Phi Beta Kappa Homecoming Symposium of the Liberal Arts

Headshot of Bonnie Gunzenhauser, Ph.D, dean of the College of Arts and Sciences at John Carroll University
Photo courtesy of jcu.edu

Headshot of Bonnie Gunzenhauser, Ph.D, dean of the College of Arts and Sciences at John Carroll University Photo courtesy of jcu.edu

The 5th annual PBK Homecoming Lecture was given on Saturday, October 31, by Academic dean of John Carroll University and Luther College alumni Dr. Bonnie Gunzenhauser (‘90), a former member of PBK. The lecture was given in honor of Dr. Mary Lou Mohr, Luther College Professor Emeritus and founder of Luther’s Phi Beta Kappa chapter.
The topic for this symposium was on the importance of higher education and how participation could change this year due to the ongoing COVID-19 pandemic.
“Universities and colleges need to have core identities, missions, and values,” Gunzenhauser said. “But you also need to evolve to meet the needs of the changing context.”
The Phi Beta Kappa Honor Society was founded on December 5, 1776 at the College of William and Mary during the American Revolution. The founding members chose for their motto the words “Love of Learning is the Guide to Life.” John Heath was the organization’s first president, and held the meetings in secret so that there could be a discussion on any topic no matter how controversial.Today there are 290 chapters nationally. The Luther College chapter of PBK was founded on April 13, 1983, and 37 Luther seniors were inducted.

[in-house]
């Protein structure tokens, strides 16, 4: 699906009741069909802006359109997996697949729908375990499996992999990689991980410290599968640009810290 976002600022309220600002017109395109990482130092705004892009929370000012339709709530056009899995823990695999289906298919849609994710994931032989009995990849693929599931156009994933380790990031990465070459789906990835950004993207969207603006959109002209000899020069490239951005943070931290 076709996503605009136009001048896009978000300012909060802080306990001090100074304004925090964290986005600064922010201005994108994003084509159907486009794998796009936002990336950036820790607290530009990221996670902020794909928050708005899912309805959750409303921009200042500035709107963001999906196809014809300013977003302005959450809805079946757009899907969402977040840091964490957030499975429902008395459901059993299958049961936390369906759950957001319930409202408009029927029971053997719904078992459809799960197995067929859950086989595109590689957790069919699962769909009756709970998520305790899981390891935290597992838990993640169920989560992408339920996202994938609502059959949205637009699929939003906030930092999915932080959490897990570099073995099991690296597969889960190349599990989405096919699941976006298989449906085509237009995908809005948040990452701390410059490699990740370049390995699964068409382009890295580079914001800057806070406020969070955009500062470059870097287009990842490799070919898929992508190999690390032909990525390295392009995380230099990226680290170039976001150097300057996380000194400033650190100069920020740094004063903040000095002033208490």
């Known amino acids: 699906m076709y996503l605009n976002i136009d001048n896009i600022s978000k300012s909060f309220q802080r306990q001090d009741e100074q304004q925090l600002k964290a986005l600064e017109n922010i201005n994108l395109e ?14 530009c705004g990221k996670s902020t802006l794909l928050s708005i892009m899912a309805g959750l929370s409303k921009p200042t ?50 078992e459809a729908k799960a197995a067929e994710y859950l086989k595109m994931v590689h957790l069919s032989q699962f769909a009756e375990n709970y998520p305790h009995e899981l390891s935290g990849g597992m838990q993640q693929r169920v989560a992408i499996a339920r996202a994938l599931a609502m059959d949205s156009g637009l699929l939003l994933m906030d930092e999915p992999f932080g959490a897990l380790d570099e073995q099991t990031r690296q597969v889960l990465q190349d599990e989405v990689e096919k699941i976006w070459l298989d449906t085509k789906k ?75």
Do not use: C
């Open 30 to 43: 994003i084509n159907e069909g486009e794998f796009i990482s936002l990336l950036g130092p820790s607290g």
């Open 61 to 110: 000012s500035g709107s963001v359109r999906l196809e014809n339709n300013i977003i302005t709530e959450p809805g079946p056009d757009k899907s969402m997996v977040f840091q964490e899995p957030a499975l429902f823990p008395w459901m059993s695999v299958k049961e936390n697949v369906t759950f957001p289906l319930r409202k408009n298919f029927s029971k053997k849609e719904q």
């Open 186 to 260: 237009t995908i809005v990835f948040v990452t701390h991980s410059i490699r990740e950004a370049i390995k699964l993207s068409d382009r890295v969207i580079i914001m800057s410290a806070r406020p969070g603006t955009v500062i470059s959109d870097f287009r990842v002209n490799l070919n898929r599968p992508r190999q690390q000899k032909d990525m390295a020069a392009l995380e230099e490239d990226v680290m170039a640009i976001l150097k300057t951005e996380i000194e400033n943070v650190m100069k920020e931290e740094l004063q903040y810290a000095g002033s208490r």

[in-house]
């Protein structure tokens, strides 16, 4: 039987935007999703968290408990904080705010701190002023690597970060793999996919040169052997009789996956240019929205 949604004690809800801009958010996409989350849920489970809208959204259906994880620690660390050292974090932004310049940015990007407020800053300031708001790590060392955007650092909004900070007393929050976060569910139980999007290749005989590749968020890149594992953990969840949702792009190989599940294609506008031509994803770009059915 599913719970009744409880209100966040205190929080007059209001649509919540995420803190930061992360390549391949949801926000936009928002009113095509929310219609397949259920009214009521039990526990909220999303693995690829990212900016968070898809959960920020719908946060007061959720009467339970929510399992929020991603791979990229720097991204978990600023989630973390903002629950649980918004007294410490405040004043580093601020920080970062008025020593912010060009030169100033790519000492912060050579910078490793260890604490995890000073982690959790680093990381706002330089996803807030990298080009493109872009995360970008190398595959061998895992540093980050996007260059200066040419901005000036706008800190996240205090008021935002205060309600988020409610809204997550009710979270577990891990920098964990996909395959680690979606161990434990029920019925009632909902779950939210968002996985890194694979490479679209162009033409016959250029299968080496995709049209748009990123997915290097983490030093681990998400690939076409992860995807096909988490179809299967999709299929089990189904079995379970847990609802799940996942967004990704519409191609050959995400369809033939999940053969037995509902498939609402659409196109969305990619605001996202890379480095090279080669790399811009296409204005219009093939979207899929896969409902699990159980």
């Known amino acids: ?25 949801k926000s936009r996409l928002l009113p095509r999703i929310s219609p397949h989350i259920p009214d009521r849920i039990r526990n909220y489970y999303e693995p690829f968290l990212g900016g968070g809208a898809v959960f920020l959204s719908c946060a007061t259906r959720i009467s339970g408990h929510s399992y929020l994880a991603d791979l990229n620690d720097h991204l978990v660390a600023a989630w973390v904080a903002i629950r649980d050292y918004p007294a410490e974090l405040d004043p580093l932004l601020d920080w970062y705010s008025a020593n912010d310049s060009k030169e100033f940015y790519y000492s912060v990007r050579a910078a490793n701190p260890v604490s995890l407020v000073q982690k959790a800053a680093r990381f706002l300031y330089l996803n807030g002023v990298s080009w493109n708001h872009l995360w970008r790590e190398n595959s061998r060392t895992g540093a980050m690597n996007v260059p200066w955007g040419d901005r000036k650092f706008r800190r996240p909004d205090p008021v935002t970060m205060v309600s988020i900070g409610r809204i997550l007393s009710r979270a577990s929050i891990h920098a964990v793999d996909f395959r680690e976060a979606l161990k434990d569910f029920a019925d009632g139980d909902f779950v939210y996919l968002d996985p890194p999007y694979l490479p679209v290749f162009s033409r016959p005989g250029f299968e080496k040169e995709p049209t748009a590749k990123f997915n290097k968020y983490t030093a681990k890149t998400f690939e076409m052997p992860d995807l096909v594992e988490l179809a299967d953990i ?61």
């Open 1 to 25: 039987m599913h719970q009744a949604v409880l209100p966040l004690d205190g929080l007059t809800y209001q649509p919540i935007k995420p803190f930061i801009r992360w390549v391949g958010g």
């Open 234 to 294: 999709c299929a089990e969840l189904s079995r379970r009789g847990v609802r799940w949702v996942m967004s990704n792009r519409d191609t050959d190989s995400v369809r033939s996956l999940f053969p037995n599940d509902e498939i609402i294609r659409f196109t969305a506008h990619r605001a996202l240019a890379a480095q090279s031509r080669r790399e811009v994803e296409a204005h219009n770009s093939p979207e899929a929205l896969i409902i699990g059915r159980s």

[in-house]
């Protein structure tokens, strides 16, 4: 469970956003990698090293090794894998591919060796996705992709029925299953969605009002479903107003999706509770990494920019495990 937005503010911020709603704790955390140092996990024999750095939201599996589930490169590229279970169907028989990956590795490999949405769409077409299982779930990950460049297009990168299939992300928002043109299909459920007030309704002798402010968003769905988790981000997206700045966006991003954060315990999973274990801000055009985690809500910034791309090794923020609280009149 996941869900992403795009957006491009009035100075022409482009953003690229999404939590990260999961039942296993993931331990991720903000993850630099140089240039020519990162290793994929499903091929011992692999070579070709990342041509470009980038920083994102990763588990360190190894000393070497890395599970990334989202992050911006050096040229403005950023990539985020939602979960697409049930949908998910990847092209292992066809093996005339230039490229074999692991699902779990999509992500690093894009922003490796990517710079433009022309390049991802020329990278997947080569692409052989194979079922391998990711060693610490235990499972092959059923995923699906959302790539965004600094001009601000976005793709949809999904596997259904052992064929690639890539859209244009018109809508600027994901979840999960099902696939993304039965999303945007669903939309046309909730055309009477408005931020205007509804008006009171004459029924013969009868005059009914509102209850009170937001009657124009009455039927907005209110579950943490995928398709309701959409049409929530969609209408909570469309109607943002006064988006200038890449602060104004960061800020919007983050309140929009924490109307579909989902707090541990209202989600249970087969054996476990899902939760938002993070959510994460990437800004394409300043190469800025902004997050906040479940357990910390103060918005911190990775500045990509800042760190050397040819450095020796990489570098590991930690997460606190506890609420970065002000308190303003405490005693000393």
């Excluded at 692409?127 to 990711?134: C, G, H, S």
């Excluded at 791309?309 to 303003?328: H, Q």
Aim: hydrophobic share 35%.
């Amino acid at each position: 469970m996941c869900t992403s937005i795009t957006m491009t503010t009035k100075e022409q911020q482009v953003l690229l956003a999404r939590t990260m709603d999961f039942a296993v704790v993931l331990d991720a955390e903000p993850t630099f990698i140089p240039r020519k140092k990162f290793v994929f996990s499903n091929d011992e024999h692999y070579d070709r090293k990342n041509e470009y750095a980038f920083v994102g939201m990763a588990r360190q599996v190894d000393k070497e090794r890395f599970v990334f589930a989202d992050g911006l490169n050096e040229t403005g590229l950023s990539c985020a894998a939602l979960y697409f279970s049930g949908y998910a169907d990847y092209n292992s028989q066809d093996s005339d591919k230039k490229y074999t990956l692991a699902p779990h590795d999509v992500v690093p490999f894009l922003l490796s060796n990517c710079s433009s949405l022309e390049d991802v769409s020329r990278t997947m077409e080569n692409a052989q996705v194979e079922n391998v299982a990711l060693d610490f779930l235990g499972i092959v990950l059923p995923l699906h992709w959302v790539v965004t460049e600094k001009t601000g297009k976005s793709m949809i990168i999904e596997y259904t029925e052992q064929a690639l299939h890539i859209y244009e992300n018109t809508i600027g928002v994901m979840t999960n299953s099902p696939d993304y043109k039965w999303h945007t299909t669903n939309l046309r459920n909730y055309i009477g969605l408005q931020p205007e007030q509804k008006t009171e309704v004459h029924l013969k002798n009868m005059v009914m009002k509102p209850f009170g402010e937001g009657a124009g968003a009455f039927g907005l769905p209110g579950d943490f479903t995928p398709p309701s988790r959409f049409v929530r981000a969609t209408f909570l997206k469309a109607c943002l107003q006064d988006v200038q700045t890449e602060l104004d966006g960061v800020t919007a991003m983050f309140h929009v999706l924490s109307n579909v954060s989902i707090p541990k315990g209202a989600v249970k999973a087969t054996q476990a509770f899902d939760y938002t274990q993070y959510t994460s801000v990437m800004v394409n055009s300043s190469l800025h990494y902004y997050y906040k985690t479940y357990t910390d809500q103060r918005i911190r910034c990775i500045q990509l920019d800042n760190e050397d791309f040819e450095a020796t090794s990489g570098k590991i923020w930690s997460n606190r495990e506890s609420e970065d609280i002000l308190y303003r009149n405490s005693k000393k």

The introduction of Dr. Gunzenhauser was given by co-president of PBK, Assistant Professor of English Marie Drews (‘02), who informed the attendees that Guzenhauser is a summa cum laude graduate of Luther College and that she earned her Ph.D. in English Language and Literature from the University of Chicago.
Guzenhauser spoke about how the return on investment of a liberal arts education at Luther is higher than the return of investment of engineers or business personnel. Dr. Guzenhauser used this statistic to show how important it is to have a higher education, and how colleges and universities should be outcome driven and able to preserve the value of higher education.
“Here is a national conversation telling us that the liberal arts is important; even essential,” Guzenhauser said. “The national initiatives paint a positive big picture of the liberal arts and why they are crucial; they don’t exactly solve the question of what we should be doing on our campuses. What are some key ingredients to a 21st century liberal arts education.”
Dr. Gunzenhauser has worked in education for her entire career, teaching for 10 years at Roosevelt University in Chicago, and eventually moving up into administration. She served as the dean at Roosevelt University for seven years, and most recently moved to John Carroll University to serve in the position of academic dean.
“Dr. Guzenhauser is trained in the literature and culture of England’s long 18th century, and holds a PhD in English from the University of Chicago for academic interests including public humanities,” Professor Drews said. “The emergent genres of the long 18th century, particularly the novel and political journalism and the history of reading and of the book. She has edited a book reading in history new methodologies from the Anglo-American tradition and is published and presented widely on.”

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